Final estimate of 1Q 2015 GDP and continued R&D concerns

In keeping with economist’s expectations, the third (final) estimate of the 1st quarter GDP showed the economy shrank by only 0.2%. The earlier estimate has shown a decline of 0.7%.
A look at the details reveal a more worrisome fact. Investment in Intellectually Property Products (IPP) slowed down to only 4.9% compared with 10.3% in the 4th quarter of 2014. The reason was that investment in R&D grew by only 2.7% compared to 17.2% in the 4th Q. Investments entertainment, literary, and artistic original were up by 2.4% compared to 5%. On the other hand, investment in software grew by 7.8% compared to 5.1% previously.
The history of revisions to the R&D numbers is also worrisome. The first estimate was of a 12.3% growth rate. The second was almost flat at 1.1%. Now the third estimate is of 2.7%. Such large revisions highlight the danger of relying on preliminary estimates.
IPP parts 1Q15 - 3rd.png

Tech policy primer for Presidential candidates (2)

As I noted in my earlier posting, ITIF has published a version of what it would like to hear from the Presidential candidates. Here is the campaign speech I would like to hear:

America has suffered a devastating economic recession. For too many the economy recovery has yet to take hold. We must do all we can to hasten that recovery. But that recovery must be followed by sustained growth and improved economic competitiveness if we are to expect that rising tide to lift all boats.
Our first task is to make sure the tide continues to rise. Our second is to make sure that the tide does in fact lift all boats. Both of these will require understanding the fundamental changes that are occurring in our economy — and crafting tools that fit this new environment in which we find ourselves.
Let us look more closely one part of that change: the current manufacturing renaissance. More and more, companies are finding it to their benefit to open production facilities in the U.S. as opposed to abroad. But, while manufacturing is coming back to the United States, it is different from the manufacturing that left our shores. It is leaner and smarter — requiring higher levels of workers skills. To keep our competitive edge requires fostering an educational enterprise that can provide the constantly changing skills required in a knowledge- and information-intensive economy.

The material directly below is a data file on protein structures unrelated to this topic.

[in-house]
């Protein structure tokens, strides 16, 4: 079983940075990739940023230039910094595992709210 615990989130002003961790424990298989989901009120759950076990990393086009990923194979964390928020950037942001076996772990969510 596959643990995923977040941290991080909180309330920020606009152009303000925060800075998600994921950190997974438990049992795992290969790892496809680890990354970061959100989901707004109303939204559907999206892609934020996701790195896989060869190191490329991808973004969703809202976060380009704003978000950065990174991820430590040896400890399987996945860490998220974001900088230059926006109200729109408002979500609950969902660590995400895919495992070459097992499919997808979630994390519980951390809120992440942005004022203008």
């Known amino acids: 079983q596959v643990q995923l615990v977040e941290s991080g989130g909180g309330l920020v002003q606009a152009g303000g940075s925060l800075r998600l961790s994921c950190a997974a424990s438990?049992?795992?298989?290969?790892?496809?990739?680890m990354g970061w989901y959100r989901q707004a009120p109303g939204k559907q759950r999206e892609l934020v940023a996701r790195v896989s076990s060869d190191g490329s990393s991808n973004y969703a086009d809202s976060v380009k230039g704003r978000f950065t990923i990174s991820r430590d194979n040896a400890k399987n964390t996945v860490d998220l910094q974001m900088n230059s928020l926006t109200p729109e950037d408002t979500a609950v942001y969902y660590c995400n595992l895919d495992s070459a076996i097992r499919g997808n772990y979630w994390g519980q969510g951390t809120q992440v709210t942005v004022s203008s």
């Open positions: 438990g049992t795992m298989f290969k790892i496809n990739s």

We now see the fusion of manufacturing and services where companies provide solutions not just products. Customization, speed, and responsiveness to customer needs are the keys to success in this new environment. And as the linkage between goods and services grows, we are seeing international competition in services once thought immune to such challenges.
In confronting these new challenges, we cannot rely on simply repeating the policies of the past. We need a combination both new and old solutions.
For example, basic research helped sustain America’s economy growth in the 20th Century. But basic research is not enough. It is one part of a larger mix that fuels the economy. We moving to a post-scientific economy where, to quote Dr. Christopher Hill, former Vice Provost for Research at George Mason University, “the creation of wealth and jobs based on innovation and new ideas will tend to draw less on the natural sciences and engineering and more on the organizational and social sciences, on the arts, on new business processes, and on meeting consumer needs based on niche production of specialized products and services in which interesting design and appeal to individual tastes matter more than low cost or radical new technologies.”
Education needs to move from the classroom to the living room. Life-long learning should not be a slogan but an ingrained part of everyday activity. And as important as STEM is, our economic future is not solely in the hands of our scientists and engineers. Our future prosperity rest on raising the skills and knowledge level of everyone. Productivity no longer comes just from new machines, but from new ways of organizing work.
So let us be clear. The manufacturing jobs of our father and grandfather are not coming back. But we can create the manufacturing jobs for our children and grandchildren. We cannot — we will not — compete on the basis of a race to the bottom where wages and living standards are lowered to keep jobs from moving elsewhere. We can – and will — compete based on raising the knowledge content of our products — both goods and services. By doing so, we can also raise the living standards for all.
Government can play a major role in raising living standards through increased economic competitiveness via innovation and the development and diffusion of new products. But, innovation policy needs to catch up to the innovation process.
In crafting a new policy, we must recognize three points:
 • the innovation model has changed,
 • it’s all about people and organizations, and
 • technology plays multiple roles.